The Top Pick: Philadelphia Union GM Nick Sakiewwicz told Soccer by Ives that he expects striker Danny Mwanga to make an impact right away. “He’s fast, he’s big, he’s strong, he’s got soft feet.” Union manager Peter Nowak added, “Aside from his physical tools, he reads the game very well and plays like he’s thinking about the game faster than everybody else.” Mwanga, who moved to the U.S. from the Democratic Republic of Congo when he was 14, scored 18 goals in 29 games at Oregon State.
Draft Winner: With three picks among the top seven, plus a pre-draft trade that brought veteran midfielder Fred to the team, Philadelphia is the clear choice here. In addition to Mwanga, the Union nabbed 18-year-old UCLA midfielder Amobi Okugo and U.S. U-17 striker Jack McInerny. Those two will likely need to develop before they are impact-ready in MLS, but the Fred pickup, and Mwanga, could pay immediate dividends. If Fred can regain his form from 2007, when he produced seven goals and eight assists in 23 starts, he’ll be a major asset in the Philly midfield.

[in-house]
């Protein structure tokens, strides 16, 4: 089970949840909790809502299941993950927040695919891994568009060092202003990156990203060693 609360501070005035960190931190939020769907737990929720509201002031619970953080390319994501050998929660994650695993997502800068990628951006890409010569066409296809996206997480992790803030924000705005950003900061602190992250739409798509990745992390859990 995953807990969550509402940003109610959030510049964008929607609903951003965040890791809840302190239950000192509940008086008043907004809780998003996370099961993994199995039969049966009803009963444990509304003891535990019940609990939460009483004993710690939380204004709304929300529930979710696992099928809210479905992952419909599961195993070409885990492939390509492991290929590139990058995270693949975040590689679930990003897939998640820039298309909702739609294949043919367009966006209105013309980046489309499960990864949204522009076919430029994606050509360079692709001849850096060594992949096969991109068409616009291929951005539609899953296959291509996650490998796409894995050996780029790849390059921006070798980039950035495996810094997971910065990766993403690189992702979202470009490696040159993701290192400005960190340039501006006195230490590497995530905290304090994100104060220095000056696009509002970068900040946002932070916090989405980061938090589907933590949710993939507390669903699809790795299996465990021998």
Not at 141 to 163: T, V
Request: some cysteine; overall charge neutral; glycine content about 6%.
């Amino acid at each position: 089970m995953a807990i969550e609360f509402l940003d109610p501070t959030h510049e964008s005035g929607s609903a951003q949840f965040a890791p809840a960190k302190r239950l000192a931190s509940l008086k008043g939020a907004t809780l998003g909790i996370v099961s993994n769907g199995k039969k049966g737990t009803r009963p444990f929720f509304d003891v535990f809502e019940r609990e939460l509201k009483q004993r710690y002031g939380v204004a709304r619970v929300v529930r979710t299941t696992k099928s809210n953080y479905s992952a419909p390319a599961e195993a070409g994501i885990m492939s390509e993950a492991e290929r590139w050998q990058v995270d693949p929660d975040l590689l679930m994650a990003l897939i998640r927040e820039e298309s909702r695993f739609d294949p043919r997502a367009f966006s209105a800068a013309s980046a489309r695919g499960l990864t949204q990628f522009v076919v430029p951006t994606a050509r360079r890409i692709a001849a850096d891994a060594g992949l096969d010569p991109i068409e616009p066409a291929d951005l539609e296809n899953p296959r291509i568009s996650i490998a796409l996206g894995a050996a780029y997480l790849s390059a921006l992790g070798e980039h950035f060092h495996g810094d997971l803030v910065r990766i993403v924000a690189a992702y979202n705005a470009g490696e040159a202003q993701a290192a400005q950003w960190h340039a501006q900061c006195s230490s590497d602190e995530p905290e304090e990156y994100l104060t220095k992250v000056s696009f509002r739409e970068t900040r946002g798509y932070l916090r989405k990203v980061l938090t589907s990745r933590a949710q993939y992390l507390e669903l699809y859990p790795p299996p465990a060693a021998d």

Name Game: There was a lot of talk about the intriguing talents in this draft class, but what about the names in this group? From Dilly Duka to Corben Bone to Othaniel Yanez, the 2010 SuperDraft has some Name Hall of Fame candidates. Our personal favorite? Bright Dike. Clearly, the young man has Dutch parents who named him for that time of day when the sun hits the levee at just the right angle. (Or they wanted him to be valedictorian at Smith College. Hey-o! We’re kidding, we’re kidding! Really, we are. And our Mom went to Smith, too. True story.)
Deals: Philadelphia sent allocation money to FC Dallas in exchange for the sixth pick, which it used on Bruin midfielder Okugo; the Union also traded keeper Troy Perkins to D.C. United for midfielder Fred and the seventh pick in the draft, which it used to nab U-17 star McInerny; Red Bull New York traded two picks to New England for defender Chris Albright; and the Los Angeles Galaxy reacquired Clint Mathis from Real Salt Lake as part of a swap of the last two draft picks in the first round.
“Mr. Irrelevant”: This title, coined in the NFL, goes to the final player selected in the draft, and one might suspect that in MLS—where the draft, generally speaking, has not been the main pipeline of talent—it applies even more forcefully. But that has not always been the case. Red Bull fans still have a soft spot for defender Jeff Parke, Mr. Irrelevant of the 2004 SuperDraft, who went on to become a fixture on the MetroBull backline. This year the title goes to University of Denver defender Kris Banghart, who went 64th and last to Real Salt Lake. Banghart was a first-team all-conference selection at DU last year, and helped lead the team to its first ever NCAA tourney berth in 2008.